Under 905.153, the quantity of sizes 48 and 56 red seedless grapefruit a handler may ship during a regulated week would be calculated using the recommended percentage. By taking the weekly percentage times the average weekly volume of red seedless grapefruit handled by such handler in the previous five seasons, handlers can calculate the total volume of sizes 48 and 56 they may ship in a regulated week.
The Committee would calculate an average week for each handler. To calculate an average week, the total red seedless grapefruit shipments by a handler during the 33 week period beginning the third Monday in September and ending the first Sunday in May from the previous five seasons are added together, then divided by five to establish an average season. This average season is divided by the 33 weeks to derive the average week. This average week would be the base for each handler for each of the 11 weeks of the regulatory period.
The weekly percentage is multiplied by a handler's average week. The product is that handler's total allotment of sizes 48 and 56 red seedless grapefruit for the given week. Handlers could fill their allotment with size 56, size 48, or a combination of the two Start Printed Page 39462sizes such that the total of these shipments is within the established limits. The Committee staff would perform the specified calculations and provide them to each handler.
The average week for handlers with less than five previous seasons of shipments would be calculated by averaging the total shipments for the seasons they did ship red seedless grapefruit during the previous five years and dividing that average by 33. New handlers with no record of shipments would have no prior period on which to base their average week. Therefore, a new handler could ship small sizes equal to 45 percent of their total volume of shipments during their first shipping week. Once a new handler has established shipments, their average week would be calculated as an average of the weeks they have shipped during the current season.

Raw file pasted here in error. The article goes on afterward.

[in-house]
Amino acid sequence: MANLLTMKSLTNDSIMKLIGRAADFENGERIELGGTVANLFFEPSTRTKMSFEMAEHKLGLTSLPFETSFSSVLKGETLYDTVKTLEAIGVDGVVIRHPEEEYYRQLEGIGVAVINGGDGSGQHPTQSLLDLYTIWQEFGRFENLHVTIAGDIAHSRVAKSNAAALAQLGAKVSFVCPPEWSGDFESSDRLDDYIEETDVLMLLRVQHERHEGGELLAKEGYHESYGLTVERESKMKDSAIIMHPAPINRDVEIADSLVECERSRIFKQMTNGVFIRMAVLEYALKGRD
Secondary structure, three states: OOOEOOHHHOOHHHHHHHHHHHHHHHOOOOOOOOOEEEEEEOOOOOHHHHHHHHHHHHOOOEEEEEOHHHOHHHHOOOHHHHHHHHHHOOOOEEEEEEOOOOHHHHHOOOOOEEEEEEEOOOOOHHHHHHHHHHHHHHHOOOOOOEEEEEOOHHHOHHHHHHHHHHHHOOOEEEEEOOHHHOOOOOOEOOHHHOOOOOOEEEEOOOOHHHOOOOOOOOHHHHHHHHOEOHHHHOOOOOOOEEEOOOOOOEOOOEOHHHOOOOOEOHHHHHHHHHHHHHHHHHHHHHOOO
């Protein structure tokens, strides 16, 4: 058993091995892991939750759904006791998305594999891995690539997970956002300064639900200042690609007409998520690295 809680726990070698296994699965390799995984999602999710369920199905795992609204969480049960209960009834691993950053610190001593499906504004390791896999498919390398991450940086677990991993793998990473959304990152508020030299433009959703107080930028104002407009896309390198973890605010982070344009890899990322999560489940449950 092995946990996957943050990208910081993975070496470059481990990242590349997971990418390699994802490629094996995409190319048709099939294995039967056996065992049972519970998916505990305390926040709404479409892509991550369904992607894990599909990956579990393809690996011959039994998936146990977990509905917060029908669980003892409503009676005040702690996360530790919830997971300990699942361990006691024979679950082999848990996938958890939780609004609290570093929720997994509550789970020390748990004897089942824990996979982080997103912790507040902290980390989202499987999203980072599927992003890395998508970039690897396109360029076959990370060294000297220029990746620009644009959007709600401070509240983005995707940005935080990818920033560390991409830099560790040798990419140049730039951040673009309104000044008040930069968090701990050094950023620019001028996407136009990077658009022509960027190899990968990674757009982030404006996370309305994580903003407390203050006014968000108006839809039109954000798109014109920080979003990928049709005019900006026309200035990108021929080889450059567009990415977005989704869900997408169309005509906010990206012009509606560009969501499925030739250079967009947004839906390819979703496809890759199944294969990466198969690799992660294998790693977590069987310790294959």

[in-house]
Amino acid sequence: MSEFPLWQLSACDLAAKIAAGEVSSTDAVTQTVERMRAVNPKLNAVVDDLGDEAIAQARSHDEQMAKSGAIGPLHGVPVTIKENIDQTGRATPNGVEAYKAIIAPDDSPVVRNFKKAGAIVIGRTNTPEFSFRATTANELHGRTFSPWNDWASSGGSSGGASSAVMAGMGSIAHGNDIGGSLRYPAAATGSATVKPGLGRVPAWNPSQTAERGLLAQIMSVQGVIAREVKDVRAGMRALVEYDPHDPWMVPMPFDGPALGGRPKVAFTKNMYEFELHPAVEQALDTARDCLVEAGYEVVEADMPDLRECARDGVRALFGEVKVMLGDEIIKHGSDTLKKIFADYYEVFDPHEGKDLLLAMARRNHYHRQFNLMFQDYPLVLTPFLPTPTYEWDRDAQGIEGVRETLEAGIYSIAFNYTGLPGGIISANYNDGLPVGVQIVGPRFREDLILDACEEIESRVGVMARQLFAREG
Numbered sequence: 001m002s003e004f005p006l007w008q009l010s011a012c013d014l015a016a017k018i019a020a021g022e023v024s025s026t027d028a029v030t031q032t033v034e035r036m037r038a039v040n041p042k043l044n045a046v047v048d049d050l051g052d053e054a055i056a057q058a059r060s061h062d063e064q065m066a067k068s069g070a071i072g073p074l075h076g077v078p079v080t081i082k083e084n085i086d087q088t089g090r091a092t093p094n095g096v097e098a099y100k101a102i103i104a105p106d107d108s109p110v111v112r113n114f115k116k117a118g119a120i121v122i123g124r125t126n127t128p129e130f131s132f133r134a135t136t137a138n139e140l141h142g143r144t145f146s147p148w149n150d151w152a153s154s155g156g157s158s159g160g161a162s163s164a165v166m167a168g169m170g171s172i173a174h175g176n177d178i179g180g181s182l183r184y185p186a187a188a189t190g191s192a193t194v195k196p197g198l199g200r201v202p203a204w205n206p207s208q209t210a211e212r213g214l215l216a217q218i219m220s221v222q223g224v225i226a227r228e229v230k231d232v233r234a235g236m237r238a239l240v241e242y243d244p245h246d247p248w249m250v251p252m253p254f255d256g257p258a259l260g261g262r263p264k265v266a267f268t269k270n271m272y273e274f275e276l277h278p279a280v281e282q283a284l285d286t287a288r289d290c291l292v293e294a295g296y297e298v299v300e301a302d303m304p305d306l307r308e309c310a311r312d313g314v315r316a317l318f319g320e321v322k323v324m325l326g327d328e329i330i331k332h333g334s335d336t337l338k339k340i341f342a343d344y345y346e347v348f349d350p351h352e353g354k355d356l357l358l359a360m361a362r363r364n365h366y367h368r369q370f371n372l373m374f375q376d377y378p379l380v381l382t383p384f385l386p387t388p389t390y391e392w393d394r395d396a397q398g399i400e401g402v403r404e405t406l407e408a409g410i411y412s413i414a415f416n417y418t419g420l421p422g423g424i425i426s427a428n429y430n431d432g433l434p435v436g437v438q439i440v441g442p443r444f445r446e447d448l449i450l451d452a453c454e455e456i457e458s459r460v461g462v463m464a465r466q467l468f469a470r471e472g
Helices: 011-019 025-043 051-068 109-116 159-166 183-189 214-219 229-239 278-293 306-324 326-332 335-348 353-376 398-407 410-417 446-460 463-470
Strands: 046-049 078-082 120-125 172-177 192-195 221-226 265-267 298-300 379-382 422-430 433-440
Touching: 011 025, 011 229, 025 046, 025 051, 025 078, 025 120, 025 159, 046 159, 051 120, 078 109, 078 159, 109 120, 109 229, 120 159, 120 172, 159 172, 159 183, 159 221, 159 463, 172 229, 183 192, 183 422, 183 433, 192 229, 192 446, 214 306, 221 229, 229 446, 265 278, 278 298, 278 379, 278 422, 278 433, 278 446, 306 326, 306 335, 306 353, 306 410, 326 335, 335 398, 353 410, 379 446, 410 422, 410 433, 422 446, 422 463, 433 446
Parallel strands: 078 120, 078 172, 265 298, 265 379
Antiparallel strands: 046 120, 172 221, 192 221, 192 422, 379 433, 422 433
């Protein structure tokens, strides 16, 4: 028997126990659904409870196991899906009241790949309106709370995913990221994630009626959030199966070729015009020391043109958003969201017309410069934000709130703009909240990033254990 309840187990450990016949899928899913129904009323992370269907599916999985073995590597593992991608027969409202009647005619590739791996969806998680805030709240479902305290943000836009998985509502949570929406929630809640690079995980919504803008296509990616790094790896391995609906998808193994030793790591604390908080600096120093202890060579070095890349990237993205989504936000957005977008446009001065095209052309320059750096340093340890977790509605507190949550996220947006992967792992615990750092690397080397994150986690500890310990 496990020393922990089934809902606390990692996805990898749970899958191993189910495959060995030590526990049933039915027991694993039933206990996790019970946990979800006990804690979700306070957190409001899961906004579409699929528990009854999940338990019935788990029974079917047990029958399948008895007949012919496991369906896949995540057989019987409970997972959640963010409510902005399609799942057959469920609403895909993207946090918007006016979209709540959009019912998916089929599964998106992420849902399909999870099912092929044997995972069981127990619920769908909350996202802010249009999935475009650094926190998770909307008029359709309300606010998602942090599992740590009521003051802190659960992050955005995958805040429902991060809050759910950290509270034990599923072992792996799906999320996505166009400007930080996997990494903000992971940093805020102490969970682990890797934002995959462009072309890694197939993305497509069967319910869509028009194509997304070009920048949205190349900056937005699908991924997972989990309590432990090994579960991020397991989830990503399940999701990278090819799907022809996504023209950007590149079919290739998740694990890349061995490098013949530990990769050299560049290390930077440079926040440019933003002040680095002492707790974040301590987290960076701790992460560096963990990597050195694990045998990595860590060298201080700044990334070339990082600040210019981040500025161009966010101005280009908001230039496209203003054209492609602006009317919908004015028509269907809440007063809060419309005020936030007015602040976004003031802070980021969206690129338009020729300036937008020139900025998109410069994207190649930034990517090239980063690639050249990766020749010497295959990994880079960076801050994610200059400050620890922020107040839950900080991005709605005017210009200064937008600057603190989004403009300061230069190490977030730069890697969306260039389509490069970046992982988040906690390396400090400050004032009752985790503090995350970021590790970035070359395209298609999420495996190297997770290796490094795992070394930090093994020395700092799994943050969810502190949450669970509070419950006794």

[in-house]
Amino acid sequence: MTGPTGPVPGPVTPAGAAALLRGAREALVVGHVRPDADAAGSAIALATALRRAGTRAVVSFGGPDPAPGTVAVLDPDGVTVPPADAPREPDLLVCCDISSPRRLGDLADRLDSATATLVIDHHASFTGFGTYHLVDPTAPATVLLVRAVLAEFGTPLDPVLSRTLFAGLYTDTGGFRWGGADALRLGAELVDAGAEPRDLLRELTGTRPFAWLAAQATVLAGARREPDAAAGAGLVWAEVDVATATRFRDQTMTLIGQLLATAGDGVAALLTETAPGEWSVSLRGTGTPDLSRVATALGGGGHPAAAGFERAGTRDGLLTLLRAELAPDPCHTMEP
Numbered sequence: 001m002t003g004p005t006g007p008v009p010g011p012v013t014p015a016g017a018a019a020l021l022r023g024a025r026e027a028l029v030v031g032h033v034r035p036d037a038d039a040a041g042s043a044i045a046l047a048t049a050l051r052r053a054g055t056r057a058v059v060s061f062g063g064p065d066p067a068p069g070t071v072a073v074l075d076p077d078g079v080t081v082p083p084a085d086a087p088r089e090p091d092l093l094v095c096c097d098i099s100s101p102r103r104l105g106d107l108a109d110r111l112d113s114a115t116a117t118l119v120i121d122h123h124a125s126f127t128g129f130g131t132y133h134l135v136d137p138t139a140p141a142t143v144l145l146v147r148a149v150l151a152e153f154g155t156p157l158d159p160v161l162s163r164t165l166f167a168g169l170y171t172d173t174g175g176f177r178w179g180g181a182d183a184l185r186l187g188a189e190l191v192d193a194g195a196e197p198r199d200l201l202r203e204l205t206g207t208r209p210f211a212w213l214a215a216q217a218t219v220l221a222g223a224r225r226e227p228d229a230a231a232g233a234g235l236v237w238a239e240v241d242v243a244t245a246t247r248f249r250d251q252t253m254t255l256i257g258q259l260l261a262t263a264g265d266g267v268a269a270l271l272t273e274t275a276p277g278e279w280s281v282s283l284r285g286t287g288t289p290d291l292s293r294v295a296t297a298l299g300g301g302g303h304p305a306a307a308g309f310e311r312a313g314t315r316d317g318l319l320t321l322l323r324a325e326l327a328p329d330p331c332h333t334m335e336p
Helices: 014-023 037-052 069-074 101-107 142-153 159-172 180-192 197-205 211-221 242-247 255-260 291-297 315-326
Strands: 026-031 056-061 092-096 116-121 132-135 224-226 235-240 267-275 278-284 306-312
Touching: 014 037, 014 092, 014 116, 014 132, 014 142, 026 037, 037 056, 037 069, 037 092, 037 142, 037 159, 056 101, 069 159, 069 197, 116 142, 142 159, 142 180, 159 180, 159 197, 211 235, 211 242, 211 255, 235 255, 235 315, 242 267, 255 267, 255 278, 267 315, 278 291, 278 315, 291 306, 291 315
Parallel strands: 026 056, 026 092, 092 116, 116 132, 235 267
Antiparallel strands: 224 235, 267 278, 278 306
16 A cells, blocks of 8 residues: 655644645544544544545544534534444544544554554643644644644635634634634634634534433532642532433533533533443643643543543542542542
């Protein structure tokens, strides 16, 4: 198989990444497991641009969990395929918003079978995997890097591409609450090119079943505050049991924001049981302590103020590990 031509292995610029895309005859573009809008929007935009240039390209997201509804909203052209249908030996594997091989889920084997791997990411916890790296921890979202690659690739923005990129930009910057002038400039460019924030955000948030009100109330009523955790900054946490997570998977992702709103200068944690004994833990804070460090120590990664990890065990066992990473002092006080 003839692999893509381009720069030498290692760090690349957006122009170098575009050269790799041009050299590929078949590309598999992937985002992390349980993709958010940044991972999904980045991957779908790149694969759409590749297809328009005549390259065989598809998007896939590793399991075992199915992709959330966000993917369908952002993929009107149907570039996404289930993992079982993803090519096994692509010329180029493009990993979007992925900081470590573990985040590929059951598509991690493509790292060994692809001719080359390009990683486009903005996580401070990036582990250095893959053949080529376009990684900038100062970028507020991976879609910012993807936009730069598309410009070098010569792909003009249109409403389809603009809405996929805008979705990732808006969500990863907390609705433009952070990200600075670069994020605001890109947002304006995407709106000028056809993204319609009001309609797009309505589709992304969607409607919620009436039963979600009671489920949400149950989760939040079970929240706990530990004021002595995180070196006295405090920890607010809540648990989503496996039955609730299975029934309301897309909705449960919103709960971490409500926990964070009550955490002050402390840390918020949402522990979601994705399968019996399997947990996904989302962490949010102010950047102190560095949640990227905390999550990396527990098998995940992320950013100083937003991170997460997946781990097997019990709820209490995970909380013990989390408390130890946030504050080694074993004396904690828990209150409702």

The regulatory period begins the third Monday in September, September 17, 2001. Each regulation week would begin Monday at 12:00 a.m. and end at 11:59 p.m. the following Sunday, since most handlers keep records based on Monday as the beginning of the work week.
The rules and regulations governing percentage size regulation contain a variety of provisions designed to provide handlers with some marketing flexibility. Section 905.153(d) provides allowances for overshipments, loans, and transfers of allotment. These provisions should allow handlers the opportunity to supply their markets while limiting the impact of small sizes.
The Committee could also act on behalf of handlers wanting to arrange allotment loans or participate in the transfer of allotment. Repayment of an allotment loan would be at the discretion of the handlers party to the loan. The Committee would inform each handler of the quantity of sizes 48 and 56 red seedless grapefruit they could handle during a particular week, making the necessary adjustments for overshipments and loan repayments.